sociable person. They laugh easily and are creative, enthusiastic, and
always have the energy to start new projects. Talkers love to be popular
and have a lot of friends. They love being at the center of a group,
helping others and are always curious. Talkers tend to rely on their
verbal skills and may under-prepare for work challenges.2. The Doer
(Choleric or Dominance): The Does is dynamic and active. Her strong will
and an almost compulsive need for change, makes her appear confident. She
comes across to others as decisive and not easily discouraged. She has an
attitude that nothing is impossible, which makes her independent and
self-sufficient. Others may see her as a "natural leader" who can run
almost any type of enterprise. The reasons for this are her extreme goal
orientation and her ability to organize well. She looks for practical
solutions and moves quickly in to action. A Doer's weaknesses include her
impatience, impetuousness and inflexibility. Her approach to co-workers
tends to be quick-tempered, bossy and she comes on too strong.
Interpersonally she is unemotional, rarely giving compliments. She won't
quit when loosing and enjoys controversy and arguments.Summary: The Doer
is a strong personality. They are brave and have the ability to be on
their own. Doers are forceful and are readily open to making changes.
They are strong-willed, assertive, goal oriented, well organized, and
don't really seem to need friends.3. The Thinker (Melancholy or
Conscientious): The Thinker is an analytical individual who is serious
and purposeful. Others see him as deep and thoughtful. He can be
talented, artistic and philosophical. As the DiSC profile type suggests,
he is the most conscientious of the types to the point of self-sacrifice.
At work he is orderly and organized. He is detail oriented, persistent
and thorough. His high (almost perfectionistic) standards grate with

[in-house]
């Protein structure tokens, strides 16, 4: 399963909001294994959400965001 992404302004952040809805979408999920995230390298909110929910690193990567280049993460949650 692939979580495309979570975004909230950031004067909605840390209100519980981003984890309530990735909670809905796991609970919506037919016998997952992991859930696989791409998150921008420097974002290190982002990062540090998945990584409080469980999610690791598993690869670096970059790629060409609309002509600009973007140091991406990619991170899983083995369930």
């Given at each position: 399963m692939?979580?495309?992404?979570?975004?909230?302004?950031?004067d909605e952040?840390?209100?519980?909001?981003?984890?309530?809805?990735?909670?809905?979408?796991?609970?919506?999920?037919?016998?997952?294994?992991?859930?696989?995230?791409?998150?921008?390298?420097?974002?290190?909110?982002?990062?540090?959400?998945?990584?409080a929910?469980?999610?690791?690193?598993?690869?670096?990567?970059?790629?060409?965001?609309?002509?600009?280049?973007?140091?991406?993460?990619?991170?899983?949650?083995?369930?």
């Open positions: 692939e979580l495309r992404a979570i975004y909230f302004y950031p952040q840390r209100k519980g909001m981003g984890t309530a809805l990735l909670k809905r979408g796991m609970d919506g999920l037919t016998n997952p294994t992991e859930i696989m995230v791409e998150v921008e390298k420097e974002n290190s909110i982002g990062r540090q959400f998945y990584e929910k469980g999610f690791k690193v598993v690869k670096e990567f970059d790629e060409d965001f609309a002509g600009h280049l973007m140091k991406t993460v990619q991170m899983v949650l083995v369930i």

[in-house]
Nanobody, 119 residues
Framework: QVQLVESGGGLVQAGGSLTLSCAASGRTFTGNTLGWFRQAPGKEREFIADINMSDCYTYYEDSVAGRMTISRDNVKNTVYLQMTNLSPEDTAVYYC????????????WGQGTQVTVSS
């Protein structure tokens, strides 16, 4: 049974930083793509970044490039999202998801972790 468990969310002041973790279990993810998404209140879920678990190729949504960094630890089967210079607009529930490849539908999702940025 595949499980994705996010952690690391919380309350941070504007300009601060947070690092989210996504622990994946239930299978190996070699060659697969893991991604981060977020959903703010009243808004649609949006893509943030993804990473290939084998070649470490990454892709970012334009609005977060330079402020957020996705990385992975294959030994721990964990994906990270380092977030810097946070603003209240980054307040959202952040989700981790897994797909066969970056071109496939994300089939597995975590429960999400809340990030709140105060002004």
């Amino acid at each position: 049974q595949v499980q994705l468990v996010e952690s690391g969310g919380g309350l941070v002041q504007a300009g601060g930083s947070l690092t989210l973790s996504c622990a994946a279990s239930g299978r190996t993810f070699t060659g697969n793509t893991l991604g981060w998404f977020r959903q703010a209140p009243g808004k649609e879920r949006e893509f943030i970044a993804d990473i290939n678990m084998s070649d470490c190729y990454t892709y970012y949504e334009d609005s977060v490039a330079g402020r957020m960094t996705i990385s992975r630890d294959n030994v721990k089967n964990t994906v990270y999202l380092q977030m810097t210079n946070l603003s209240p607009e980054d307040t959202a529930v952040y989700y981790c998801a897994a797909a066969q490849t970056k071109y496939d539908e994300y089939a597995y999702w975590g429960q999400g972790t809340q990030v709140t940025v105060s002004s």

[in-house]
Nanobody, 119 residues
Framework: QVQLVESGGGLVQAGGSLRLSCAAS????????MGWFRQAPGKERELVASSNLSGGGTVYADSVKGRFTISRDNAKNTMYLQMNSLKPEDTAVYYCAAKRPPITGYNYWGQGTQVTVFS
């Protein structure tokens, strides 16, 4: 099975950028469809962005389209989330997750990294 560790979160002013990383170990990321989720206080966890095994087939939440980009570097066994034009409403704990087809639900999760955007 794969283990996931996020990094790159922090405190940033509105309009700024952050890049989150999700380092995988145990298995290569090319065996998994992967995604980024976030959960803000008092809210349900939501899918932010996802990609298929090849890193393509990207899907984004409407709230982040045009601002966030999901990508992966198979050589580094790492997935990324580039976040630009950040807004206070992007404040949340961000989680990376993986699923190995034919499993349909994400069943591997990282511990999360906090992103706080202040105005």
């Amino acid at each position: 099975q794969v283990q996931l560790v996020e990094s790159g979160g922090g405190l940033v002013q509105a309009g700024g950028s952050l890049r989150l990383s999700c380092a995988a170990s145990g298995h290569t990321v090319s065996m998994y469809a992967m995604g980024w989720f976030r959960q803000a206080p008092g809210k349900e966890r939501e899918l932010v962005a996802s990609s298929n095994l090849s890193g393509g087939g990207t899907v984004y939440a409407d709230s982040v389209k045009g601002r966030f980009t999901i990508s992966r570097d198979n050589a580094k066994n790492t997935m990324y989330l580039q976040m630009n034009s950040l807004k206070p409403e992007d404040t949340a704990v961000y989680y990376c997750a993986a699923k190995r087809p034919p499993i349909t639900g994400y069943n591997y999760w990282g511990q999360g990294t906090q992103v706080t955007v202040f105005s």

colleagues at times. Weaknesses include being too introspective and
failing to listen to others. This is particularly true when an emotional
appeal is being made. The Thinker wants just the facts. Show me the data
is his mantra. In these situations he can appear moody and self-centered.
He tends to have selective hearing when someone is making a point. The
Thinker is often seen as off in another world and distanced from
colleagues.Summary: The Thinker is an analytical, serious, and controlled
individual. Thinkers are perfectionist and love details. Thinkers are
looking for proof before making decisions or acting.4. The Watcher
(Phlegmatic or Steadiness ): The Watcher is the low-key personality.
Others see her as easygoing and relaxed. She is patient, quiet and keeps
her emotions hidden. Although calm, cool and collected, she is
sympathetic and kind. At work she is competent and steady. She often has
administrative ability. Although she avoids conflicts, she is an
excellent mediator. The Watcher is excellent under pressure. The weakness
of a Watcher is her tendency to avoid responsibility. Although she has a
quiet will of iron, she can come across as fearful and worried. Another
false impression she gives is being indecisive and too compromising. The
reality is she is a people oriented individual who, being somewhat shy,
is reticent to assert her views too strongly.Summary: The Watcher is a
peaceful person who is stable, patient, and compassionate toward others.
She does keep calm, when others are confused. She is humble, silent,
controlled, a good listener, and usually happy with her life. She is a
great mediator and easy to get along with.Better CommunicationAnother
value of the four temperaments is the direct and implied ability to
improve communication. For example if you are a Talker trying to convince
a Thinker to approve a project, you know you will need data. The Talker's
routine approach would be to socially overcome objections verbally. The
Thinker is looking for facts. Another example would be a Watcher
attempting to push the same project to a Doer. The Watcher should expect
any perceived weak points to be questioned. Instead of taking it as a
personal rejection, give the Doer a reasoned response. By understanding
the four temperaments in yourself and others you will be better able to
communicate effectively within the team. Maximum effectiveness is
achieved when a team has a variety of temperaments. This assures
projects, problems and possibilities are examined thoroughly and
responses from the team are well rounded.